The University of Florida Health Science Center sent out a media alert Tuesday warning pet owners to monitor their dogs’ chewing behavior.
The alert was prompted by a recent case at the U.F. Small Animal Hospital involving a puppy named Regal. The owner, Faye Johnson, took the Shih Tzu to the hospital when he woke up one night having trouble breathing.
“Our initial physical examination showed signs of expiratory respiratory distress, meaning he was having difficulty getting air out of his lungs,” said Ashley Allen, D.V.M., a small animal medicine and surgery intern who worked with Regal. “Chest films showed a suspicious object blocking most of his trachea, or main airway, and severe collapse of the trachea in front of the blockage.”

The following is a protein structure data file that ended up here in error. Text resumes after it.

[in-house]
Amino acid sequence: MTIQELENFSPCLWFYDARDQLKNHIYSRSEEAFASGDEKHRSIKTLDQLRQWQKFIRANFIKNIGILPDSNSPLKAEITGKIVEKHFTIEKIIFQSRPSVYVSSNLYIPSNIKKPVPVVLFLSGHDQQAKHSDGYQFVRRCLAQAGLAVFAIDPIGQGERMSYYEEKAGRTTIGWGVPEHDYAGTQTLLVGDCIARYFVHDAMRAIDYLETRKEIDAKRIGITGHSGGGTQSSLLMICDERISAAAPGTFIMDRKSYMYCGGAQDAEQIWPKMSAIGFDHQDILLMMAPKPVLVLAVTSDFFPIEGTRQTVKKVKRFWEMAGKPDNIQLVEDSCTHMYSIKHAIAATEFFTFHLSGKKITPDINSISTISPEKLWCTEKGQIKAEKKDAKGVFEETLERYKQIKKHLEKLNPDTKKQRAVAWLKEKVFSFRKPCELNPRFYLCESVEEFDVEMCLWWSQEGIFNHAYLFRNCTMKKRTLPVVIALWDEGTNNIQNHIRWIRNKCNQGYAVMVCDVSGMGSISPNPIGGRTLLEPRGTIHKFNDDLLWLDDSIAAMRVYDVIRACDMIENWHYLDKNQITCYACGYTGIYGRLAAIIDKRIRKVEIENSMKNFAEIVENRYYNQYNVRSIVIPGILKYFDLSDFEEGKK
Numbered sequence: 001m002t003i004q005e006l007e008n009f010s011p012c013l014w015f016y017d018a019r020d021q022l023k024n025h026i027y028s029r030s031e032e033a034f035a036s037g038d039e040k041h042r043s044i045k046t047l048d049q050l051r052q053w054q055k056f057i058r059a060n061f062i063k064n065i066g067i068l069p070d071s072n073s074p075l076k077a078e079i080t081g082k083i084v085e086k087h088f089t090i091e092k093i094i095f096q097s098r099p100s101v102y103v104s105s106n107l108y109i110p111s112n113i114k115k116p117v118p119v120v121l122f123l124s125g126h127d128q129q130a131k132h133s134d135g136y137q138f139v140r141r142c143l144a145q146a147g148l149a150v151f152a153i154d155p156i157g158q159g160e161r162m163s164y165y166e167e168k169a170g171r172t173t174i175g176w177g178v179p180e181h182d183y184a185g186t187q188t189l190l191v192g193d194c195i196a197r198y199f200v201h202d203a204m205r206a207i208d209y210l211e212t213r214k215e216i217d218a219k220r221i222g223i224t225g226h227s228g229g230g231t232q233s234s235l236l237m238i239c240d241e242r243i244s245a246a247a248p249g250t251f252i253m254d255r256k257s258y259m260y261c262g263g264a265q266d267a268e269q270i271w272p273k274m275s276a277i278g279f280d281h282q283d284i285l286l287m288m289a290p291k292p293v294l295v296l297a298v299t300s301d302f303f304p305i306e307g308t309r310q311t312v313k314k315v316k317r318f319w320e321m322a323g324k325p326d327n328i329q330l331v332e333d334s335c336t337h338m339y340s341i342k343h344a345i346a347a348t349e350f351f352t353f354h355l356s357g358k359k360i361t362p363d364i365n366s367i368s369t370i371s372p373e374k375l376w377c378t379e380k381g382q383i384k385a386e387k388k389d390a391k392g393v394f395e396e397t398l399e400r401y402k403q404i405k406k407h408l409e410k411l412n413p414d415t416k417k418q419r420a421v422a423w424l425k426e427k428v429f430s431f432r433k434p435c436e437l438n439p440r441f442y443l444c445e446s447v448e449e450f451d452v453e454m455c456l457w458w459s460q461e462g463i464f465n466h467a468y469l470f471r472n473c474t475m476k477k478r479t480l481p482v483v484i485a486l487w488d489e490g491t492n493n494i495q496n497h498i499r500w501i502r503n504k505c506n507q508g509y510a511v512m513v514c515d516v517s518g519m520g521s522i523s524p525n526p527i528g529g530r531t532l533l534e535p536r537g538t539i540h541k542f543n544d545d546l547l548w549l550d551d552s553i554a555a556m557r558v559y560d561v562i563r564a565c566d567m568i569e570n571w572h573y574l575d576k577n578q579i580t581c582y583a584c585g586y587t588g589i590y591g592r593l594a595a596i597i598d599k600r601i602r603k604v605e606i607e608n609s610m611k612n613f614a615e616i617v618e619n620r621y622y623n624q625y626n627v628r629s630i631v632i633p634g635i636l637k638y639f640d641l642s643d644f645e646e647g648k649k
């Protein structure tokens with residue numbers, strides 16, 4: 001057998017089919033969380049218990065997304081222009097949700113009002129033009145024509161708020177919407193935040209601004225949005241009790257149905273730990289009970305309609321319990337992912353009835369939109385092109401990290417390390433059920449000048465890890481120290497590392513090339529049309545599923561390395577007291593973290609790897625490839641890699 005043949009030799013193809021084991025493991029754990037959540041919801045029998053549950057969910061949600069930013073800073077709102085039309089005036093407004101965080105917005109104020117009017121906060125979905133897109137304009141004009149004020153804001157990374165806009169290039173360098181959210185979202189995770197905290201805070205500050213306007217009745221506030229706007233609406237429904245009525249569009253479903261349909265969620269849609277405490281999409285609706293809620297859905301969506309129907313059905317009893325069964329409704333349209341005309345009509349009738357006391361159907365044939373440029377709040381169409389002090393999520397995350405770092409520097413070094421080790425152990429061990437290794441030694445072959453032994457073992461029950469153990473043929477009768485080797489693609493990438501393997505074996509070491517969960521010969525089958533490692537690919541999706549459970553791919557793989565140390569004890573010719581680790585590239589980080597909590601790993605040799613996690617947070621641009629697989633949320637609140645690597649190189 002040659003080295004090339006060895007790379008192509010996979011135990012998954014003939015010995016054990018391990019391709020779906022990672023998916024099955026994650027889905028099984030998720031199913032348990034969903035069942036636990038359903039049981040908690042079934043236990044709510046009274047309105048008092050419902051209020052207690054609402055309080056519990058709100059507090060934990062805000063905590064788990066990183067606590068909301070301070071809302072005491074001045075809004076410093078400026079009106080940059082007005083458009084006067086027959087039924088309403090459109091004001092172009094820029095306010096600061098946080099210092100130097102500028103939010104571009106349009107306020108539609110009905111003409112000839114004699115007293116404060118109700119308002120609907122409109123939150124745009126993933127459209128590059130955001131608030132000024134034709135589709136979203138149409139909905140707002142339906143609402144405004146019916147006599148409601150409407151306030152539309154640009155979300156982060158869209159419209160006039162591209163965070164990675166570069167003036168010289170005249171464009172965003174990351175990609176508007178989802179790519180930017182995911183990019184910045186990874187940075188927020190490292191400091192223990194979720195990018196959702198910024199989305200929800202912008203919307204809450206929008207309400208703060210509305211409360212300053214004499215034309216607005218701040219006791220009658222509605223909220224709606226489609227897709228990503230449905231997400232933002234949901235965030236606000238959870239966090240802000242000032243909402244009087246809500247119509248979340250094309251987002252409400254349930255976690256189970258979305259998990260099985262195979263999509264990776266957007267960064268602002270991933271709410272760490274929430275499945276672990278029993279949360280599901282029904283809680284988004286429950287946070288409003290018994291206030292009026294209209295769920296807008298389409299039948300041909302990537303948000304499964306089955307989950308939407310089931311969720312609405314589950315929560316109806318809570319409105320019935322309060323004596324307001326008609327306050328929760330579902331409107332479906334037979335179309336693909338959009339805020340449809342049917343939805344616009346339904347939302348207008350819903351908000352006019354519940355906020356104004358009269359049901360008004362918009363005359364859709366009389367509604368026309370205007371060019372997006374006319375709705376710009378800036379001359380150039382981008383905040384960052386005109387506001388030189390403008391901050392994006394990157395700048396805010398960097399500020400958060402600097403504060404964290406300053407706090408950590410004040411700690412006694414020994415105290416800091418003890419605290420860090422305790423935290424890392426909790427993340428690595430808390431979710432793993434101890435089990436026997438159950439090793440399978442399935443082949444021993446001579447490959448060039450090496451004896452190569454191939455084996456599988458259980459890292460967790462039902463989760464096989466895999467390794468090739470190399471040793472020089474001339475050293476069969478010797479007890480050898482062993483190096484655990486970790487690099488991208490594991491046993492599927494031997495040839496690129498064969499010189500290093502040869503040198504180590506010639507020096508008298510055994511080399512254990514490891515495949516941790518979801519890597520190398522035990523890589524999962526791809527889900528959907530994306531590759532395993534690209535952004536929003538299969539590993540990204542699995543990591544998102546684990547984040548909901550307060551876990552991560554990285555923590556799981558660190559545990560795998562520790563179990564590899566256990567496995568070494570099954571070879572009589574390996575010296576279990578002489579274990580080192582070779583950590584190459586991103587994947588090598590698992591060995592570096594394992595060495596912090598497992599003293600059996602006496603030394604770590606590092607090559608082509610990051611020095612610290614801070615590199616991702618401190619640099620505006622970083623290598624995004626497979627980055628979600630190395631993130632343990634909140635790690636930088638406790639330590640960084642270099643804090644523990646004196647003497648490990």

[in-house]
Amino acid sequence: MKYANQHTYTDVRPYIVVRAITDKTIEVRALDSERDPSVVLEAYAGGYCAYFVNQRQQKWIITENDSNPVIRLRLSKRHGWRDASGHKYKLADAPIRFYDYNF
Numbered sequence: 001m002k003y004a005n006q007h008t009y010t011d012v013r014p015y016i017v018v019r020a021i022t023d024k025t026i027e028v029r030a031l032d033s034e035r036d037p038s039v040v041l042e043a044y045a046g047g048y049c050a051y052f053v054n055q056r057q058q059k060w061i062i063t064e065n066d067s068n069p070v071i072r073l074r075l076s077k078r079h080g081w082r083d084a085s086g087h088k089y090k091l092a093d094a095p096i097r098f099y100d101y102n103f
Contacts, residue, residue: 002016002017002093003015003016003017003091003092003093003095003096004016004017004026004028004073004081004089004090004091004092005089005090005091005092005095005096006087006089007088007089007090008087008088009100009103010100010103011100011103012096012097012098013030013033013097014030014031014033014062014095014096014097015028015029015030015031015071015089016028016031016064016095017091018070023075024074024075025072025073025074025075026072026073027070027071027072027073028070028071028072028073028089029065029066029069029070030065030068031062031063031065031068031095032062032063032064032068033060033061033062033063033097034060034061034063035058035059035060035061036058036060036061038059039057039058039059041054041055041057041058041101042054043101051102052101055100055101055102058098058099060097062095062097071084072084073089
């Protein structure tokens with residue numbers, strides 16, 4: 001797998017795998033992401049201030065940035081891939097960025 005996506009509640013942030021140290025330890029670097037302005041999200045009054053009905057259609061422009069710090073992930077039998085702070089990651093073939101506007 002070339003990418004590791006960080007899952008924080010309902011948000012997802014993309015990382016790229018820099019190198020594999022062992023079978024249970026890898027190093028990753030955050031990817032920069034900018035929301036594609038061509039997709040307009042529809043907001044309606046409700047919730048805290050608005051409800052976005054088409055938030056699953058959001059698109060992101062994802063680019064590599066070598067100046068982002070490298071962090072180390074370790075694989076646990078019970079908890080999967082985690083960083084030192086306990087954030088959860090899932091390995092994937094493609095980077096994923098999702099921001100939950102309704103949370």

Veterinarians also found that Regal’s stomach was filled with fluid and gas. An ultrasound revealed the presence of a fibrous-like foreign body in his stomach. With an endoscope, the vets were able to remove the foreign object, which turned out to be stuffing from the inside of his dog bed.
This case illustrates that with prompt medical attention, patients with critical needs can have a good outcome, Allen said.
“I think Regal’s story also serves as a reminder for owners to provide puppies with toys and bedding that they cannot easily chew up,” she added.
In Regal’s case, Johnson didn’t even know he had been chewing on the bedding, according to Allen.
“Now that she knows he has a habit of eating things, I think she will be making some environmental changes at home to try to prevent this from happening again,” Allen said.
Regal is reportedly doing very well and is back to being “a happy, playful puppy.”